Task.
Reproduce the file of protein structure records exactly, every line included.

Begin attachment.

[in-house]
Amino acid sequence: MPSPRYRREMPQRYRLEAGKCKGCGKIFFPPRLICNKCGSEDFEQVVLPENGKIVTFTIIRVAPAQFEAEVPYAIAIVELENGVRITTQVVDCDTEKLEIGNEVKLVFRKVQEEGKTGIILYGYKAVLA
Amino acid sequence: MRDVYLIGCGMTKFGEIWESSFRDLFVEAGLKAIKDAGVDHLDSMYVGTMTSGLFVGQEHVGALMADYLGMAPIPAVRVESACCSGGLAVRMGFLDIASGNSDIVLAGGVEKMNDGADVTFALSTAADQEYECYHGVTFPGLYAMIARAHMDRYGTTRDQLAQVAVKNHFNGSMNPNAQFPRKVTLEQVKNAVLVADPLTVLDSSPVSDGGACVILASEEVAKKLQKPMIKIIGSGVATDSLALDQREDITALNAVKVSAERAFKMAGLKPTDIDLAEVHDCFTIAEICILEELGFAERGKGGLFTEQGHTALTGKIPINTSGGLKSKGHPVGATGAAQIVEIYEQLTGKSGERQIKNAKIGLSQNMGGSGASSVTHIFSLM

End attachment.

[in-house]
Amino acid sequence: MPSPRYRREMPQRYRLEAGKCKGCGKIFFPPRLICNKCGSEDFEQVVLPENGKIVTFTIIRVAPAQFEAEVPYAIAIVELENGVRITTQVVDCDTEKLEIGNEVKLVFRKVQEEGKTGIILYGYKAVLA
Amino acid sequence: MRDVYLIGCGMTKFGEIWESSFRDLFVEAGLKAIKDAGVDHLDSMYVGTMTSGLFVGQEHVGALMADYLGMAPIPAVRVESACCSGGLAVRMGFLDIASGNSDIVLAGGVEKMNDGADVTFALSTAADQEYECYHGVTFPGLYAMIARAHMDRYGTTRDQLAQVAVKNHFNGSMNPNAQFPRKVTLEQVKNAVLVADPLTVLDSSPVSDGGACVILASEEVAKKLQKPMIKIIGSGVATDSLALDQREDITALNAVKVSAERAFKMAGLKPTDIDLAEVHDCFTIAEICILEELGFAERGKGGLFTEQGHTALTGKIPINTSGGLKSKGHPVGATGAAQIVEIYEQLTGKSGERQIKNAKIGLSQNMGGSGASSVTHIFSLM